The Traffic Injury Research Foundation (TIRF), with its Drop It And Drive® (DIAD) education program, in partnership with Co-operators, conducted a multi-stage project to reduce distracted driving in Canada.
The Distracted Driving & Workplace Safety Form and the Distracted Driving & Workplace Safety Checklist are two new resources, available in English and French, that provide employers with free, real-world tools to support distracted driving workplace safety policies. The Form engages employees through education, best practices, and prevention strategies to reduce distraction. The accompanying Checklist is an agreement between employer and employee to make road safety a priority at, or after work. These free business tools support employers in their efforts to create safe working environments for their workforce as well as the communities through which they travel.
Following its 5th annual meeting held virtually, Oct. 14-16, 2020, the Canadian Coalition on Distracted Driving (CCDD), led by TIRF and DIAD and in collaboration with The Co-operators, released two new fact sheets, Anatomy of a Road Crash and The Impact of Road Crashes on First Responders & Communities: Post-Traumatic Stress Disorder & Critical Incident Stress. These fact sheets are intended to raise awareness about the toll preventable collisions have on first responders, as well as victims and communities, and to share insider knowledge of crash scene management with the public to help keep first responders safe while on the job. Driving is both a responsibility and a privilege and with that, individuals hold the power to reduce their risk. Everyone has the right to get home safe every day; not just physically, but also emotionally.
The Distracted Driving & Workplace Safety Policies: A Business Case for Employers report was released on Sept. 30th and underscores the importance of distracted driving policies in the workplace to protect employees. Preventing distraction-related crashes on the road and in the workplace remains a priority for Canadian employers. The challenges of the past few months necessitated major adjustments to a new normal as businesses focused their attention on the COVID-19 pandemic and establishing new health and safety measures. With provinces now easing restrictions and traffic volumes rapidly returning to normal, the safety of essential workers and others who rely on our roads remains paramount (see below to download).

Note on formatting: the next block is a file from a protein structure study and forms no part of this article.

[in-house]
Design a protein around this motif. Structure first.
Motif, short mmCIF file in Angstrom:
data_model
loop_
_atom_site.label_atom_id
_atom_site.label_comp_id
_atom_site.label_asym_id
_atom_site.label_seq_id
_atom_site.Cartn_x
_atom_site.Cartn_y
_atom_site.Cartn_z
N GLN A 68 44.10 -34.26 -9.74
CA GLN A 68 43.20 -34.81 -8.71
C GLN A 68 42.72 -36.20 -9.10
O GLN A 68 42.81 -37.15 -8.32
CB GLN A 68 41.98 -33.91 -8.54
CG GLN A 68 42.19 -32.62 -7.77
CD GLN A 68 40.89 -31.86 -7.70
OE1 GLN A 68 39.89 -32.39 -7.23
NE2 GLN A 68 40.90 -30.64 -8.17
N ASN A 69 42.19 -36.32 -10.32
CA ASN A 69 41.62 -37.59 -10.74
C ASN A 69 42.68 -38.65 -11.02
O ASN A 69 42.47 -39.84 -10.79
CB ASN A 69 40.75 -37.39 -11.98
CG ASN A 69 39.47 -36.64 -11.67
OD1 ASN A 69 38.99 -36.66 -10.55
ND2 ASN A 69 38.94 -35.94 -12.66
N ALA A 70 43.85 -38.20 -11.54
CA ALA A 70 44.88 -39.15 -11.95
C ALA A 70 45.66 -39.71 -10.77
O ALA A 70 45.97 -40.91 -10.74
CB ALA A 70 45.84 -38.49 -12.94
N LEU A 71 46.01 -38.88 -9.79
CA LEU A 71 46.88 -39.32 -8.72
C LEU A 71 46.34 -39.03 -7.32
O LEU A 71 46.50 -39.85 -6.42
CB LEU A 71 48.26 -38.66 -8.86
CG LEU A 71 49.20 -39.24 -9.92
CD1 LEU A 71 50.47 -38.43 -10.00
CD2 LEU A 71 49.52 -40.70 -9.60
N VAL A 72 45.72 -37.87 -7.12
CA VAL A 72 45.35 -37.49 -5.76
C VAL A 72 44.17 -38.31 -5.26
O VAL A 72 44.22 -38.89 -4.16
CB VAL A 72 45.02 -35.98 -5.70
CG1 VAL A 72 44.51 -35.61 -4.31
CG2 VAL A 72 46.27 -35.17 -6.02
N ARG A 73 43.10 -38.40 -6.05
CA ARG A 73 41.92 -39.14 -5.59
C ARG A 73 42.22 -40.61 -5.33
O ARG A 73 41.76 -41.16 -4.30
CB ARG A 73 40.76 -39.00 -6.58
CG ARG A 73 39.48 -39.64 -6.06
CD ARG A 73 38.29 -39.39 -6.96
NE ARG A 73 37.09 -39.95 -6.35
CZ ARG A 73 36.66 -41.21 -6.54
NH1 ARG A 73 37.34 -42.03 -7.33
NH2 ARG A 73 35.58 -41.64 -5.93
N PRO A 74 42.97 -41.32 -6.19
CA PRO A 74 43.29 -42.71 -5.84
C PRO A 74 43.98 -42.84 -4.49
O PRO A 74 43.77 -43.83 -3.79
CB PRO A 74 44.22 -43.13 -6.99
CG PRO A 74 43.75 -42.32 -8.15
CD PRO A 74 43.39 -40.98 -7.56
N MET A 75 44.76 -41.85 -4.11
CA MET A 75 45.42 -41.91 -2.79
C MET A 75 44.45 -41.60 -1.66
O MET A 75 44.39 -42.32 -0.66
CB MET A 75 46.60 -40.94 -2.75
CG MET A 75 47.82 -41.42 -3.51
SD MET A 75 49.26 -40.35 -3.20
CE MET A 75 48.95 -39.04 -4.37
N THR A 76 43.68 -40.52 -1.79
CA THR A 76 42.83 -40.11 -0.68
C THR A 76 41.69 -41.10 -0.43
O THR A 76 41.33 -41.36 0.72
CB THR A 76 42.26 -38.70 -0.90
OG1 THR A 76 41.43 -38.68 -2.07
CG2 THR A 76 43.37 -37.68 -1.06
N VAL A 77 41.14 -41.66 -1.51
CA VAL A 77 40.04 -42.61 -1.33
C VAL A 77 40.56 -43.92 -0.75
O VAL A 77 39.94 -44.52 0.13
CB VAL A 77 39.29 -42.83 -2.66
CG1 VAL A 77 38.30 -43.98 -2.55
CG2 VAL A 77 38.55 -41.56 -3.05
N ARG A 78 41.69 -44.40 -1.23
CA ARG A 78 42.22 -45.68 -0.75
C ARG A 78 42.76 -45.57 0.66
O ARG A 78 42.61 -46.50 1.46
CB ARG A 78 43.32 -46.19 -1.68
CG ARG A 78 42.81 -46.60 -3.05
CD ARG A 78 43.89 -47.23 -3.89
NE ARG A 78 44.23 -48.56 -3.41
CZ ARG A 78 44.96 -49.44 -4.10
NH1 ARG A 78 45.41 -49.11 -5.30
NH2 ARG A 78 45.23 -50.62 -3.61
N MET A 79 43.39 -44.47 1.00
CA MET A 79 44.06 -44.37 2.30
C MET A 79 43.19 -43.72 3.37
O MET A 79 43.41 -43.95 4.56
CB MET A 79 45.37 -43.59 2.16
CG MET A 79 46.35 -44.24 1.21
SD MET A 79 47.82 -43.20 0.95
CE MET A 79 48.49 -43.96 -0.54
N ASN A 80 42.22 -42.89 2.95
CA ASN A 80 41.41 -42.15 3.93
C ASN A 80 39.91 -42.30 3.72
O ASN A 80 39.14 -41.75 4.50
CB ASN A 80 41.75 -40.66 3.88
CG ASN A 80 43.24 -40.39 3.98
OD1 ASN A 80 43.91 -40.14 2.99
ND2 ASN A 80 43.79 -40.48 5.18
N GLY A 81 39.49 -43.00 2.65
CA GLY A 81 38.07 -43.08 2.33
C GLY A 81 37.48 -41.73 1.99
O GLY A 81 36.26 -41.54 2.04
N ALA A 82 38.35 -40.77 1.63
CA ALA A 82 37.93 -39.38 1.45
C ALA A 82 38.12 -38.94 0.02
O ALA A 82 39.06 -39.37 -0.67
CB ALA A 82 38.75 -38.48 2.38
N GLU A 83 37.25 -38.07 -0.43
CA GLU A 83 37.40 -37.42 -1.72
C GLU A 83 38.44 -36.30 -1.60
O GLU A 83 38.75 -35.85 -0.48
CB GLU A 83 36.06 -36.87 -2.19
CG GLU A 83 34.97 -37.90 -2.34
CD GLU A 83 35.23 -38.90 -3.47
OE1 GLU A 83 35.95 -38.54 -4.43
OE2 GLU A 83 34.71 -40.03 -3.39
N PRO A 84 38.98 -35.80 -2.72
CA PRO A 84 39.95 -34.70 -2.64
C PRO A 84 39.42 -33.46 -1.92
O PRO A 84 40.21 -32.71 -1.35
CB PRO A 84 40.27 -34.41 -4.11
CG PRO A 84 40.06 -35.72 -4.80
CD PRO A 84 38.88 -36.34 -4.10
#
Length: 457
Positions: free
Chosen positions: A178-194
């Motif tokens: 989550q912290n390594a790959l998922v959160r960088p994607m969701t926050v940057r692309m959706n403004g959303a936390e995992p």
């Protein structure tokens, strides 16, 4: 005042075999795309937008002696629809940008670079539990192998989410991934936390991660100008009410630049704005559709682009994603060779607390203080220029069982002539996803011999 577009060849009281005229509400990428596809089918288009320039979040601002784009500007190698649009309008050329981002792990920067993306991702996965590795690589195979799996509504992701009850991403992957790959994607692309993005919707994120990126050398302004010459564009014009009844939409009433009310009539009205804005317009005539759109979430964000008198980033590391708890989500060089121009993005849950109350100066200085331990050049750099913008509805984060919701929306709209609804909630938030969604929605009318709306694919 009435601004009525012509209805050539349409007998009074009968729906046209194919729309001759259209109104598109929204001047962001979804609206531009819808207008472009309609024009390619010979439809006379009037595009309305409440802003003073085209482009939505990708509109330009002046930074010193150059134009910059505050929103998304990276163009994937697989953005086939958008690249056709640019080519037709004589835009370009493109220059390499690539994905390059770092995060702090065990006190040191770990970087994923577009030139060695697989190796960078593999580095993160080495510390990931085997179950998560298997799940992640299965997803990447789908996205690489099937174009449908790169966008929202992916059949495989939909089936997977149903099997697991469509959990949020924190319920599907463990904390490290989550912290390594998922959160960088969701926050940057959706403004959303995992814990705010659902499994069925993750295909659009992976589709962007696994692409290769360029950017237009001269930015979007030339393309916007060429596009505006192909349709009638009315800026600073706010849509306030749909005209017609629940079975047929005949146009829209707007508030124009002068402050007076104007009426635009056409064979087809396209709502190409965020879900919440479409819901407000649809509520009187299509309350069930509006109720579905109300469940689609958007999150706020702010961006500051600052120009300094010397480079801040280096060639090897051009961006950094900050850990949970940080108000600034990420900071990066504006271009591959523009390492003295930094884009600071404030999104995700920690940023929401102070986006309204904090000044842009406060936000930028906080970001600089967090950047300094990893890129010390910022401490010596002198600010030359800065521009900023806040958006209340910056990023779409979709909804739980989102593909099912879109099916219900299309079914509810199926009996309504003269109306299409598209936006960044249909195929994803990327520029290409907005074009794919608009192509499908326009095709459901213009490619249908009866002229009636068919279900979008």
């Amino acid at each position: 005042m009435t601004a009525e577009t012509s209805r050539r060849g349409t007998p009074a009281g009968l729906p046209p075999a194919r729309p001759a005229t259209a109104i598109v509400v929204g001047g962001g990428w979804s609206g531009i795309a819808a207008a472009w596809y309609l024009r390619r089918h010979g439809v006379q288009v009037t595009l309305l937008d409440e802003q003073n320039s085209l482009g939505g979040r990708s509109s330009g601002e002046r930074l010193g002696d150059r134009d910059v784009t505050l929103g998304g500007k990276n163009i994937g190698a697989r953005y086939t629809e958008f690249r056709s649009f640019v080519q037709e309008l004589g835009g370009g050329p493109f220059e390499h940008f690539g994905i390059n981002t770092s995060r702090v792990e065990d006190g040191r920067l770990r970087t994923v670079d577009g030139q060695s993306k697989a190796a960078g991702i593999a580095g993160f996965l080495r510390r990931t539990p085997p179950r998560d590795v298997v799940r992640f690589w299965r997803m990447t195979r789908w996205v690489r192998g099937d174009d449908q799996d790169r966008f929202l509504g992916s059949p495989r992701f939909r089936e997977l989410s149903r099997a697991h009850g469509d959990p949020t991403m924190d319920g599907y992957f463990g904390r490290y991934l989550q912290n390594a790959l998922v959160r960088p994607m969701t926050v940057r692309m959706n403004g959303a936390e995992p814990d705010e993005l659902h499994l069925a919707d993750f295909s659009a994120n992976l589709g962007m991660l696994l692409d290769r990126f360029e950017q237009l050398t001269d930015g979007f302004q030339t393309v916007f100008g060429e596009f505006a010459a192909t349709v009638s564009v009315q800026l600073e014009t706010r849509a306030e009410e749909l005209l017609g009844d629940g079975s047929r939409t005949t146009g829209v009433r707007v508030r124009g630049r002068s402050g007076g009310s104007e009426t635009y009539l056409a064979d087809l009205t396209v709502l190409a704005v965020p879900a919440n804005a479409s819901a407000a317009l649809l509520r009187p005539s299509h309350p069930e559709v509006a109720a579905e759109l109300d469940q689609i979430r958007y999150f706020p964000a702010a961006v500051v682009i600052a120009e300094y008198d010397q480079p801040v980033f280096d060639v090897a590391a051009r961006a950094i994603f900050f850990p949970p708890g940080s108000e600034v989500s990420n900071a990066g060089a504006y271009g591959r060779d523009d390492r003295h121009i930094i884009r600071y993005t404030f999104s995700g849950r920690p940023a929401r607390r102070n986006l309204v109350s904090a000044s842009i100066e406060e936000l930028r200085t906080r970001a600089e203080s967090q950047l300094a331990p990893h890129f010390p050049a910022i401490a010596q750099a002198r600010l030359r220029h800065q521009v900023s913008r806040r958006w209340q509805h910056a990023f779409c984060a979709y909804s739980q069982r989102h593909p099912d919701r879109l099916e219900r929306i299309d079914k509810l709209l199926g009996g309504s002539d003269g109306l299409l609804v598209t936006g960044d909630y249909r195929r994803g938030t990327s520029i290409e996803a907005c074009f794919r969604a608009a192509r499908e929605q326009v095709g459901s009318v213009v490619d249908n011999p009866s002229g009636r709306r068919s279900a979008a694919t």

In Phase 1, an environmental scan involving a broad cross-section of stakeholders was undertaken to gain an understanding of activities to reduce distracted driving that were underway in Canada. The results of the scan were published in a report entitled Distracted Driving in Canada: Making Progress, Taking Action which identified the need for a national action plan to combat the problem. In Phase 2, the CCDD was formed to bring together experienced professionals representing diverse sectors to identify opportunities to address the problem. Since 2016, the CCDD launched the E-hub which contains the latest research, educational programs and tools, current data and legislation in Canada, visual aids, other web-based resources and examples of practice. The CCDD has undertaken four annual meetings in Ottawa, Toronto and Regina with the 5th annual meeting in 2020 scheduled virtually to adhere to public health recommendations.
Other elements of the Action Plan are also underway. Work groups involving insurance, enforcement, the trucking industry and health professionals have been established to increase awareness in these sectors and build partnerships to reduce distracted driving.
Visit the CCDD E-hub to access all available resources, tools and research: https://diad.tirf.ca/ehub/